Document Type: 

    0 0

    Video statement on Bahrain given by the UN Special Rapporteur on Torture Juan Mendez on the International day of torture victims:


    Document Type: 

    0 0

    26 June 2014 Last updated at 16:38 BST

    Nabeel Rajab is president of the Bahrain centre for human rights and one of the most prominent opposition activists in the country.

    He served two years in jail for taking part in protests and was released a month ago. He told the BBC that the country is "moving backwards".

    Watch the interview on http://www.bbc.com/news/world-middle-east-28045753


    Document Type: 

    0 0
  • 07/01/14--12:48: THE INTERVIEW: Nabeel Rajab
  • Nabeel Rajab comes from Bahrain, a country which was once upheld as a model of reform in the Arabic-speaking world. But, as he has discovered for himself, this is no longer the case. He is President of the Bahrain Centre for Human Rights and Deputy Secretary General of the International Federation for Human Rights. Last month he was released from prison in Bahrain after serving a two-year sentence for organising what the prosecution called "unauthorised protests".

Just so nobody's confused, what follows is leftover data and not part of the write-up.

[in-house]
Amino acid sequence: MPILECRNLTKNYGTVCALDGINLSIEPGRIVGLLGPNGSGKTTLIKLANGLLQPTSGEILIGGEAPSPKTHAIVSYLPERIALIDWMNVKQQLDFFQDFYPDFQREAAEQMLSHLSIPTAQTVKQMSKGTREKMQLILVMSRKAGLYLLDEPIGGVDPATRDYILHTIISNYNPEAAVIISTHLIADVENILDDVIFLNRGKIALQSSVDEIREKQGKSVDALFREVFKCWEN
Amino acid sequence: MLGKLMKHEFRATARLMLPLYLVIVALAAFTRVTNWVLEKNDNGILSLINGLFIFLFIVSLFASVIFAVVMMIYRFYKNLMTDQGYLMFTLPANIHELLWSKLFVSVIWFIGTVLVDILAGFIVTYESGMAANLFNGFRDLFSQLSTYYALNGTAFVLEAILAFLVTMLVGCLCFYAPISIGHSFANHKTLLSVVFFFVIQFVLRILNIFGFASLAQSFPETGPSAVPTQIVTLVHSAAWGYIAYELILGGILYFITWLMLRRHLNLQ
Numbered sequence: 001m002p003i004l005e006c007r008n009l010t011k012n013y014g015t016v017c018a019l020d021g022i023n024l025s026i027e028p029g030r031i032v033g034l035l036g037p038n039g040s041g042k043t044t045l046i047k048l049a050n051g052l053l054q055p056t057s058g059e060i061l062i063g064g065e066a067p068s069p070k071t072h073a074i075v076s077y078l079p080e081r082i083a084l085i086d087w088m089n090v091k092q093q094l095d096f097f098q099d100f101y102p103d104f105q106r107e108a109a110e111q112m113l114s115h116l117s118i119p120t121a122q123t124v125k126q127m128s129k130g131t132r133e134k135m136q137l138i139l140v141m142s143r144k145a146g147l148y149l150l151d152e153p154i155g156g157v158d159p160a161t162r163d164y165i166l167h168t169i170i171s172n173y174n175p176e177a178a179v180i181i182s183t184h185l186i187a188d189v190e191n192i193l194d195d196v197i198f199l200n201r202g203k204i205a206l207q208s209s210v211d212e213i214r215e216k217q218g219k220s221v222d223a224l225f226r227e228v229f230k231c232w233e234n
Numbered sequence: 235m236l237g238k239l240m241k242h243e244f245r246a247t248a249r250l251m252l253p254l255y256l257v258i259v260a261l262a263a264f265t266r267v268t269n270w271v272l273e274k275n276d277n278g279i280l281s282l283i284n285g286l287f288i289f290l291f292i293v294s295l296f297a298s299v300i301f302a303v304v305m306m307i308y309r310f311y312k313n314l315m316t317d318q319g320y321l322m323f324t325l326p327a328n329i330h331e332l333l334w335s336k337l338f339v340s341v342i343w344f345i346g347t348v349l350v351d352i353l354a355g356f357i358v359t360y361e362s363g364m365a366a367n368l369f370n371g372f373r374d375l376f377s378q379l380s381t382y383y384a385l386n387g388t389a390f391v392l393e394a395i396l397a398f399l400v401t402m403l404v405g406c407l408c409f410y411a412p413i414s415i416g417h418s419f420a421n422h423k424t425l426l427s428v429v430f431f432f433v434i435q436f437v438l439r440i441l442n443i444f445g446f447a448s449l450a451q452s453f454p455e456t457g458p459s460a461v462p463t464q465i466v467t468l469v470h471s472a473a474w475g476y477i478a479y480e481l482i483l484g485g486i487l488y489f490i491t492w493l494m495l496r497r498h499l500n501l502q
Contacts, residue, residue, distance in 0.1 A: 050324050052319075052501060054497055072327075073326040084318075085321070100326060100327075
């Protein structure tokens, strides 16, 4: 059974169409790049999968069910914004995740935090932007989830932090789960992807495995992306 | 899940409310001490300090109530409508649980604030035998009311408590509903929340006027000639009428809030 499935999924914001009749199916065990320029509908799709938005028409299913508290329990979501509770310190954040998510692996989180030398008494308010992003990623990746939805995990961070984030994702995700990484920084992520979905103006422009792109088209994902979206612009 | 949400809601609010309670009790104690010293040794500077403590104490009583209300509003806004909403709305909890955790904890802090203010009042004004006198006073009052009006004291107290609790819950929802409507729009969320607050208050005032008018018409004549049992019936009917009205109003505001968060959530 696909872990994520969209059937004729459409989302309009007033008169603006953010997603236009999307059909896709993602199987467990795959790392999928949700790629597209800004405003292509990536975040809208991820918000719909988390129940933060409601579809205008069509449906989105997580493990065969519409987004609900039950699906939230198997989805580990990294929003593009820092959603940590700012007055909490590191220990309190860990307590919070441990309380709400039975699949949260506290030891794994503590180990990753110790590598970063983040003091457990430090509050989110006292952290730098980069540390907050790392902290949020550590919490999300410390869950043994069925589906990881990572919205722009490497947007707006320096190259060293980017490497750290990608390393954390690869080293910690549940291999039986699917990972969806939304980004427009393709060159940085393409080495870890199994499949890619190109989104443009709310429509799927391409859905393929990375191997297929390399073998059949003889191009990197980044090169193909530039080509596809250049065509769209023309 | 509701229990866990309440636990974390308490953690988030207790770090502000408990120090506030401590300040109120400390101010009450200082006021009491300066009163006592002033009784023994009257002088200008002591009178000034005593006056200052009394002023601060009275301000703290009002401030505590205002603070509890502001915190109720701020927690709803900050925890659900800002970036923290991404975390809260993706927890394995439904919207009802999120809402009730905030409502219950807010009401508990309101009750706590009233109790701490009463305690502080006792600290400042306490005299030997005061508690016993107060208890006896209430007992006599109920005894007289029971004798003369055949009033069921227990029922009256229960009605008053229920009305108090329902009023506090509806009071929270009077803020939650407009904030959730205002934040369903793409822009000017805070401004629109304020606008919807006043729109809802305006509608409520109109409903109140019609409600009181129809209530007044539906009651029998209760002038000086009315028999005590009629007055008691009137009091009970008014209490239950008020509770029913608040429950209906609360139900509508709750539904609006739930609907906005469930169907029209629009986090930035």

Watch on http://www.france24.com

    Document Type: 

    0 0

    The family of Abdulaziz Al-Abbar has agreed to receive his body after 130 days of anguish; 55 days while Al-Abbar was in a coma and 75 days, after his death, during which his body was detained at the Salmaniya Medical Complex’s morgue. The family announced that they plan to collect the body on 03 July 2014 and to have the burial in the evening.

    On 23 February 2014, Abdulaziz Moussa Al-Abbar was shot in the head with a tear gas canister in addition to being hit with shotgun pellets as the riot police used excessive force to suppress a peaceful protest. He was in a coma for 55 days and passed away on 18 April 2014. (For more information please see: Link)

    The family previously refused to collect the body because the full cause of death was not disclosed in the death certificate issued by the Bahraini Ministry of Interior. The death certificate made no mention of the shot to the head with a tear canister and shotgun pellets, but simply stated that Al-Abbar died because of internal bleeding in the brain, excluding the reason for his injuries.  

    During the 75 days Al-Abbar’s body was detained, the family approached all following parties demanding a document stating the actual cause of death of Al-Abbar:

    • The Public Prosecution.
    • The Special Investigation Unit.
    • The Office of the assigned pathologist.
    • The Department of Criminal Evidence.
    • The Ministry of Interior Ombudsman
    • The National Institution for Human Rights.
    • The Office of the Undersecretary of the Ministry of Health.
    • The Budaiya police station to submit a complaint on the injury that caused the death.